During February I need to escape from winter, and I often search out spring at the Marjorie McNeely Conservatory in Saint Paul, Minnesota. Today I walked directly to the familiar fountain and stone statue of Saint Francis of Assisi in the North Garden because the scene seemed to beautifully illustrate Jordan Feliz‘s song, Satisfied, that was filling my heart and my head.



I have stumbled through the darkest of the valleys.

And I have climbed upon the highest of the hills.

All my traveling has brought me to your fountain

And all I want is to come and drink my fill.

All I want is to come and drink my fill.

My heart …

Your throne.

This life belongs to you and you alone.

Let there be no divide;

In only you may my soul be satisfied.

There is beauty than can lead into temptation.

There are voices that will call me far away.

But I have found in your surrender my salvation.

And in your love I’ve come to find a resting place.

Yes, in your love I’ve come to find a resting place.

The broken, the thirsty

Who long for your mercy

Can run to you, only you.

And peace everlasting beyond understanding

In you, only you.

My heart …

Your throne.

This life belongs to you and you alone.

Let there be no divide;

In only you may my soul be satisfied.

In only you may my soul be satisfied.

For years I’ve struggled with my lack of contentment, thinking that I should be content with God. After all, what more do I need? I meditated on Bible verses, such as this one, about contentment.

For the sake of Christ, then, I am content with weaknesses, insults, hardships, persecutions, and calamities. For when I am weak, then I am strong (2 Corinthians 12:10).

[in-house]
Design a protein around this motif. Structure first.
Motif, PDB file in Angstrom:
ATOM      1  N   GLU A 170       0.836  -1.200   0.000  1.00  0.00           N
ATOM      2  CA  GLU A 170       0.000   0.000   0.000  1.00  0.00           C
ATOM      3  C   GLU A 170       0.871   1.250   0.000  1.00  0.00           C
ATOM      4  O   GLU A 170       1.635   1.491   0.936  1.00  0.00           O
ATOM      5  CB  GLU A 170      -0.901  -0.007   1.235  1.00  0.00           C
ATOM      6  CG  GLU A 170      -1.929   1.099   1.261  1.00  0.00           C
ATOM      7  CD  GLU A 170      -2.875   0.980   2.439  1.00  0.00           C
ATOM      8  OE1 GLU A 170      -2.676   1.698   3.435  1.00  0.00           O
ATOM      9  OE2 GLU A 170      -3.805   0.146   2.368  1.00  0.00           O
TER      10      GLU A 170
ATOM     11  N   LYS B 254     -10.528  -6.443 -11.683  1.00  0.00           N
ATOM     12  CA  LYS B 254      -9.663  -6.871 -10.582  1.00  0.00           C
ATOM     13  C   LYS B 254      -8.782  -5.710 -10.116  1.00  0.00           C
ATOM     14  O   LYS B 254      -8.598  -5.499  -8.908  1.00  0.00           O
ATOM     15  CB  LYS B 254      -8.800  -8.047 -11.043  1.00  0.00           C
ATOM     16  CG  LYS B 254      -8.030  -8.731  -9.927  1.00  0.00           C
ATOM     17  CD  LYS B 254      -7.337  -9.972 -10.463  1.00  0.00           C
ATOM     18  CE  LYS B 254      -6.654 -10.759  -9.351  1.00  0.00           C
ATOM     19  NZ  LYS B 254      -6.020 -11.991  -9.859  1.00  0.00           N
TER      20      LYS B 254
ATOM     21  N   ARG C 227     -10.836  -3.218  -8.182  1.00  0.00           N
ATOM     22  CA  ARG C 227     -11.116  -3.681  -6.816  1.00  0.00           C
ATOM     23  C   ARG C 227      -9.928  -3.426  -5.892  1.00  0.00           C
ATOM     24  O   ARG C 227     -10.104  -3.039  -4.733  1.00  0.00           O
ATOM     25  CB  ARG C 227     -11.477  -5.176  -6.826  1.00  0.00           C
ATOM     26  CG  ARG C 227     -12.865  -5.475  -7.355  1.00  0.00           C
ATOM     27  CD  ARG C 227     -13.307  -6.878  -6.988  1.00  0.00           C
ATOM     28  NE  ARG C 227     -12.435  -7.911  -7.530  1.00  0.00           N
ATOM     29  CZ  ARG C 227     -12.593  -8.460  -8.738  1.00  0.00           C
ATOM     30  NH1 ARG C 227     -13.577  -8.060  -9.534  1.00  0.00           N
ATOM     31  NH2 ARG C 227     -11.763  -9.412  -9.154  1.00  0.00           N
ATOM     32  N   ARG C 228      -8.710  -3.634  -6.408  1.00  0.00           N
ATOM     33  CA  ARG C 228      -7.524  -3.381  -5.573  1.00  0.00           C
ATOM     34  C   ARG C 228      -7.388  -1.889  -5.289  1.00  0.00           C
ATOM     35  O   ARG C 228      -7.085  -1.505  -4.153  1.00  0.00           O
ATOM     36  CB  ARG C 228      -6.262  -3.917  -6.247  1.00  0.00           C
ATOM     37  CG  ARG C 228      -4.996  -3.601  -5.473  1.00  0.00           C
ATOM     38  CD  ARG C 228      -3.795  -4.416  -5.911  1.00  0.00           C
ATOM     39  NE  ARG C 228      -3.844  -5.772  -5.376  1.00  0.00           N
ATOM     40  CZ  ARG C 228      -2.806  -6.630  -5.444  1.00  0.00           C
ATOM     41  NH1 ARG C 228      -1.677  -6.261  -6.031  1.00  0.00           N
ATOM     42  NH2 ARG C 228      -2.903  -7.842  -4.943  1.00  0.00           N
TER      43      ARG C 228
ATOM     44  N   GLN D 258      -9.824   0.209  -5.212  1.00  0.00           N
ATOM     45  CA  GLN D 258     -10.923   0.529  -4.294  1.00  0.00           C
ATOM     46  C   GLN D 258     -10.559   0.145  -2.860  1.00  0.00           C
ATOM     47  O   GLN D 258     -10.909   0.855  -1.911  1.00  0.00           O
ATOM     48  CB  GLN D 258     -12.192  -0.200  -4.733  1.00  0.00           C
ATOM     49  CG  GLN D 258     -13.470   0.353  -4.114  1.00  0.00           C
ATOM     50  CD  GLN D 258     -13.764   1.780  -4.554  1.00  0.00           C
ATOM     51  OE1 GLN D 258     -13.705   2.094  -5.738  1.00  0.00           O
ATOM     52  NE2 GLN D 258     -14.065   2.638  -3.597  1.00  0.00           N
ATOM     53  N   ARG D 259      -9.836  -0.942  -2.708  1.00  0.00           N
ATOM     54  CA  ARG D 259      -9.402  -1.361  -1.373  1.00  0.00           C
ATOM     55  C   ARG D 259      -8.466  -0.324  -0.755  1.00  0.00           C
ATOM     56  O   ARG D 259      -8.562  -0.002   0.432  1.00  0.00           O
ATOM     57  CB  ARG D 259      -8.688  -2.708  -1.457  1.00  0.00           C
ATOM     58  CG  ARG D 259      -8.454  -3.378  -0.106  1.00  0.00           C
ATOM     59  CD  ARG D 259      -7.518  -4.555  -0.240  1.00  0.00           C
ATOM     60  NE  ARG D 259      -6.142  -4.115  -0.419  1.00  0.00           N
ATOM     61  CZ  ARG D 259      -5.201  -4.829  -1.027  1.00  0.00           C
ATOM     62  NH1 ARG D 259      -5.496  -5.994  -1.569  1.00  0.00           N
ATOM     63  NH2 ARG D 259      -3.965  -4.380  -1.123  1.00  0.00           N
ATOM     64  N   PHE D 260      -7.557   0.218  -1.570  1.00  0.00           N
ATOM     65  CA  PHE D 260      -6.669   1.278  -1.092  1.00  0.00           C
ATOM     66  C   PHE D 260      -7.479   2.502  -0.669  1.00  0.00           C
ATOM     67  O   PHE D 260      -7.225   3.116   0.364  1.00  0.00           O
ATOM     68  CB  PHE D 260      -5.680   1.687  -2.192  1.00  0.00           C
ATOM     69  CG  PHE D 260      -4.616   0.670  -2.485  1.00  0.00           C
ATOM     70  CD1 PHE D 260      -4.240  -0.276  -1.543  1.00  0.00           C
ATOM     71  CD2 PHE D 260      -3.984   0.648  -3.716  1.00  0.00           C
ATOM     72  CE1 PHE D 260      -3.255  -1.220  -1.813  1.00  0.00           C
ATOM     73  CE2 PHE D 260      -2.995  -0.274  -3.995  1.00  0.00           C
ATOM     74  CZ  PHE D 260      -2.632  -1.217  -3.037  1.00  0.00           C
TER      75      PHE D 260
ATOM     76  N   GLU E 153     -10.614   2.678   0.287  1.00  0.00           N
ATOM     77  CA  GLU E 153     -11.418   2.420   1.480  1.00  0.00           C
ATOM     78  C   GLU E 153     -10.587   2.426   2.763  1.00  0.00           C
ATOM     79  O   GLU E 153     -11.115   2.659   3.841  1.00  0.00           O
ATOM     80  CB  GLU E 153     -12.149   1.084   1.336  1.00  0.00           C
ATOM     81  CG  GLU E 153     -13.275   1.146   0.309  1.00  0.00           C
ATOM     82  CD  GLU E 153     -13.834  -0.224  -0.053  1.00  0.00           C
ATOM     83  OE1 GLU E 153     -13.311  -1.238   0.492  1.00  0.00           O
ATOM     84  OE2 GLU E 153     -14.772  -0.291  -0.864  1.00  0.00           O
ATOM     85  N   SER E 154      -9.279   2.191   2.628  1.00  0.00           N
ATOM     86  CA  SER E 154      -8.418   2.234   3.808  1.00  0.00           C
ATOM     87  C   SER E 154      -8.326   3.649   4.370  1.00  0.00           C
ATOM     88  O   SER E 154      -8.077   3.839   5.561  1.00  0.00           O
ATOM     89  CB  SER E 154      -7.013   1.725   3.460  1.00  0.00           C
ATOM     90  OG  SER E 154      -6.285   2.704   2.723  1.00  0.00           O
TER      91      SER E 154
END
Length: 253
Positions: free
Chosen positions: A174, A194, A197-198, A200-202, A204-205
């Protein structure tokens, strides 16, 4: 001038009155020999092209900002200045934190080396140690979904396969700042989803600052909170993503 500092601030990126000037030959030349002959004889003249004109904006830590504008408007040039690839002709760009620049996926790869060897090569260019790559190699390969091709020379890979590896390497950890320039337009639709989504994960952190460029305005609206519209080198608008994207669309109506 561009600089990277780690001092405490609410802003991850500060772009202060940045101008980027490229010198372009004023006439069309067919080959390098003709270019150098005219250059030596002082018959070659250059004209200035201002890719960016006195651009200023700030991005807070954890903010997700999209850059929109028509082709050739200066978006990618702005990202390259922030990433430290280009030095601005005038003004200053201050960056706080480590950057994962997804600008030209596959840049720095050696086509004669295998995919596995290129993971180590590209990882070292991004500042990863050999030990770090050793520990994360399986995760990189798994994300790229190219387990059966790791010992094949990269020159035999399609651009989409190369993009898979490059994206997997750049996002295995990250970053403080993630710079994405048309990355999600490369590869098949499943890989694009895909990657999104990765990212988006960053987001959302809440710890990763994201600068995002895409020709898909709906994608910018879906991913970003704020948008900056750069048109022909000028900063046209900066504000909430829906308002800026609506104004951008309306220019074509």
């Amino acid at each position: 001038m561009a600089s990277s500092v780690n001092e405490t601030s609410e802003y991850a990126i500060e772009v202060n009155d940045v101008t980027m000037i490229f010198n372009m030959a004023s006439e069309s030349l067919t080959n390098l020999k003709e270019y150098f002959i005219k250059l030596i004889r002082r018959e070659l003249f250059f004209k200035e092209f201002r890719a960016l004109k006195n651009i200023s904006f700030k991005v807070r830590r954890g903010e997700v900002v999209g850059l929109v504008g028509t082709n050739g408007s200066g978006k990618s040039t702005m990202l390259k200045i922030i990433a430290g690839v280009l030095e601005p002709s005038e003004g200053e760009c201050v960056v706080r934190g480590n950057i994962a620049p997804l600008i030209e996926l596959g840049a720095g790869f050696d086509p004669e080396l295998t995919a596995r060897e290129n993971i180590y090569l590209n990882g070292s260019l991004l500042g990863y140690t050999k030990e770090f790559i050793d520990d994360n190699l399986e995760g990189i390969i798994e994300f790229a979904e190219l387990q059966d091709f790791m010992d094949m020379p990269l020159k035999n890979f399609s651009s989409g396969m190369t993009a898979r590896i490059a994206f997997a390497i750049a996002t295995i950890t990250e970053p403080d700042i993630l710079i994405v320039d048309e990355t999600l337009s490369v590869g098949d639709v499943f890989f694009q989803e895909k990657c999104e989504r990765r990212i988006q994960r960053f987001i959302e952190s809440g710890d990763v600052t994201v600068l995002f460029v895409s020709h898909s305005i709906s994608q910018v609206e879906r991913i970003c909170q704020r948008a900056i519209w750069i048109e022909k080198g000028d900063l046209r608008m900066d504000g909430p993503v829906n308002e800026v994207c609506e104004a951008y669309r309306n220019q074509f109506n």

Listening to Satisfied made me realize that I was confusing two different states of being: content and satisfied.  I was never meant to be content with God — to think that he was merely enough. To be content actually means to be less than satisfied, a compromise with which one is okay. Bible verses about contentment refer to peace in the midst of circumstances — and circumstances always change.

To be satisfied is totally different. Richer. All my wants and needs are met. And satisfaction really is found in God and the life he offers through Jesus Christ.

When I find myself in a state of discontent, I can remind myself that my heart — my soul — is still satisfied. In fact, there lies the path to contentment: satisfaction in God. My soul has been and still is satisfied with what it longs for: the amazing glory of God displayed in his attributes and his truly awesome love for me that provided for my forgiveness and adoption into his family. Based on that reality, I feel secure in my present and future circumstances. That is how I, like the Apostle Paul, will learn to be content even in the midst of trials and hardships.

Not that I am speaking of being in need, for I have learned in whatever situation I am to be content. I know how to be brought low, and I know how to abound. In any and every circumstance, I have learned the secret of facing plenty and hunger, abundance and need. I can do all things through him who strengthens me (Philippians 4:11-13).

Satisfaction is a state that never changes because God’s character and plan of redemption are unchanging. My desire to grow in contentment is separate from my satisfaction already found in Christ.


Satisfy us in the morning with your steadfast love, that we may rejoice and be glad all our days (Psalms 90:14).

You open your hand; you satisfy the desire of every living thing (Psalms 145:16).

With long life I will satisfy him and show him my salvation (Psalms 91:16).

For I will satisfy the weary soul, and every languishing soul I will replenish (Jeremiah 31:25).


Soul Satisfaction

Beyond Contentment
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Tracie grew up with three sisters and a brother in a farmhouse surrounded by cornfields and relatives. She draws on that early foundation to write about her Christian faith, creative activities, and family life.

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